Another critical concern in cloud modernization is selecting the optimal path. Binary choices between modernization and migration may not always serve the best interests of the organization or agency. While certain migration strategies make sense at the application level, adopting a portfolio view can lead to more optimal decisions for enterprises. 

Various generative AI-based techniques can resolve this dilemma at the portfolio level through an automated application rationalization framework. A generative-AI-based query system will greatly assist in making appropriate migration choices that produce the desired result.

Challenge #3: Cost management

While the true power of the cloud lies in its elasticity, over time, this elasticity can result in “cloud sprawl,” which increases cost and can increase technical debt.

Implementing AI and generative AI tools that perform cloud cost management through regular recommendation optimization of infrastructure can help enterprises save substantially and ensure compliance with federal contracts. A continuous, intelligent view of costs can aid in planning project budgets to minimize the impact of migration costs.

Challenge #4: Compliance

Ensuring cloud compliance is crucial in federal markets where regulations and security measures are, by necessity, always top of mind.

Generative AI can produce template-based infrastructure-as-code, forming the foundation for consistent, secure, and best-practice cloud environments. Following the creation of cloud infrastructure by a cloud AI companion, another Generative AI tool can autonomously scan for threats, compliance with corporate policies, adherence to industry best practices, and alignment with cloud provider frameworks such as the AWS Well-Architected Framework. Scanning for misconfigurations is especially vital, as those account for a significant portion of cloud security challenges.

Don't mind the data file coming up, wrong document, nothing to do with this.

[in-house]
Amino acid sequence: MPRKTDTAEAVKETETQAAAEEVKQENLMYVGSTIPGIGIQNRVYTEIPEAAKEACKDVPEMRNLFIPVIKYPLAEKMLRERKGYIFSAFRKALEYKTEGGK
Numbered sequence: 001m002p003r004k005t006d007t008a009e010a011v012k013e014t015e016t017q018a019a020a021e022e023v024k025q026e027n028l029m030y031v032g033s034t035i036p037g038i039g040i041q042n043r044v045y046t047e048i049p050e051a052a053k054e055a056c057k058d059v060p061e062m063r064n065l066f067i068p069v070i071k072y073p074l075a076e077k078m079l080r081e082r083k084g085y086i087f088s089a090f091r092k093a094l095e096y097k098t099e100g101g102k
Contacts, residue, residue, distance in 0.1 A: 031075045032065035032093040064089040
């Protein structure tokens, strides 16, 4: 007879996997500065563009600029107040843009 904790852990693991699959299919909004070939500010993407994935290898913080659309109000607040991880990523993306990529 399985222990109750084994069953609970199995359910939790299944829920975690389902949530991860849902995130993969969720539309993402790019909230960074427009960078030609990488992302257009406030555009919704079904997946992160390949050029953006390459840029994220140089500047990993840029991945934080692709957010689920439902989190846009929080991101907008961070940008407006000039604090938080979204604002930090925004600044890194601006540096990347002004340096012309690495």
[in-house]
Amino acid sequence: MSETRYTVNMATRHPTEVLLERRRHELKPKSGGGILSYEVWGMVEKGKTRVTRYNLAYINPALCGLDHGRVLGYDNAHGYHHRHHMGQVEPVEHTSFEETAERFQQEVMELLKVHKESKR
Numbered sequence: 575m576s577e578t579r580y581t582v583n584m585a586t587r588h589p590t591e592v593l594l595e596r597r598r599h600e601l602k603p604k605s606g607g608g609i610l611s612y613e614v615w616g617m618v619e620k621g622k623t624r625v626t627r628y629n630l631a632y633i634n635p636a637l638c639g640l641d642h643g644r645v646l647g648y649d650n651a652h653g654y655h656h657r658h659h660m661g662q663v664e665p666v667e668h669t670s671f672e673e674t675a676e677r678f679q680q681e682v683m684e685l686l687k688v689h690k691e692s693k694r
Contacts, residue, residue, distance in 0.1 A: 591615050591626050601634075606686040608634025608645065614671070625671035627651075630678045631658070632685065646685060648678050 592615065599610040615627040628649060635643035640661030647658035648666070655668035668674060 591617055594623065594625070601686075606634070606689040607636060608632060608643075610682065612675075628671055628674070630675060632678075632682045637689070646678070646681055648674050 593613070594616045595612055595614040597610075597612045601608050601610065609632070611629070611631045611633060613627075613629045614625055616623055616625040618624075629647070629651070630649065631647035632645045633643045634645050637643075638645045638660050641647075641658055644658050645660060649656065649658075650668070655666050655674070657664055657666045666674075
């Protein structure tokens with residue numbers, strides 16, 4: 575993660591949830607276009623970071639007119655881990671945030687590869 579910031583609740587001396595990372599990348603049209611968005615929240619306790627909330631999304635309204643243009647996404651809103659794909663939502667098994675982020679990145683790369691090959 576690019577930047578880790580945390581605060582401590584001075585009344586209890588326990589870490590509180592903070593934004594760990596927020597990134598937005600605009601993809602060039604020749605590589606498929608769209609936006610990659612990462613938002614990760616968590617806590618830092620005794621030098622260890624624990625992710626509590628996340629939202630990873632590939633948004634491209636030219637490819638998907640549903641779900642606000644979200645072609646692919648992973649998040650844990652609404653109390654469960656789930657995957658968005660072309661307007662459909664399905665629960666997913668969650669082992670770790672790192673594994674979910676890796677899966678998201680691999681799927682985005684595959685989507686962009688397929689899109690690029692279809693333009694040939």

Beyond the dashboard

Managing a cloud infrastructure that consists of millions of resources is a daunting task when relying solely on dashboards and spreadsheets, and it carries significant risks. Many cloud operation management vendors now offer AI-driven solutions specifically for managing hybrid and multi-cloud environments, a well-established use case in the realm of AI in cloud computing known as AIOPs. These generative AI use cases include:

  1. Workload management strategy through AI
  2. Financial operations (FinOps) management strategy through deep analytics
  3. Formulating policies for data management in the cloud
  4. Defining security postures and addressing workload-specific security requirements
  5. Identifying and training staff to develop a knowledgeable workforce

In summary, AI and generative AI hold great potential to assist federal agencies that need to reduce technical debt and accelerate cloud modernization initiatives at mission-critical speeds. AI and generative AI capabilities span every phase, from assessment to operations. While this market is still emerging and evolving, many independent software vendors (ISVs) and service providers are already offering solutions in this domain.

For clients looking to modernize on Amazon Web Services, IBM Consulting plans to integrate generative AI services into its proprietary IBM Consulting Cloud Accelerator to help accelerate the cloud transformation process.

Sandeep Shilawat is vice president of cloud technology at Octo, an IBM company.

For more information, contact or visit the IBM Booth #930 at the  AWS re:Invent Conference in Las Vegas, Nevada, beginning November 27, 2023.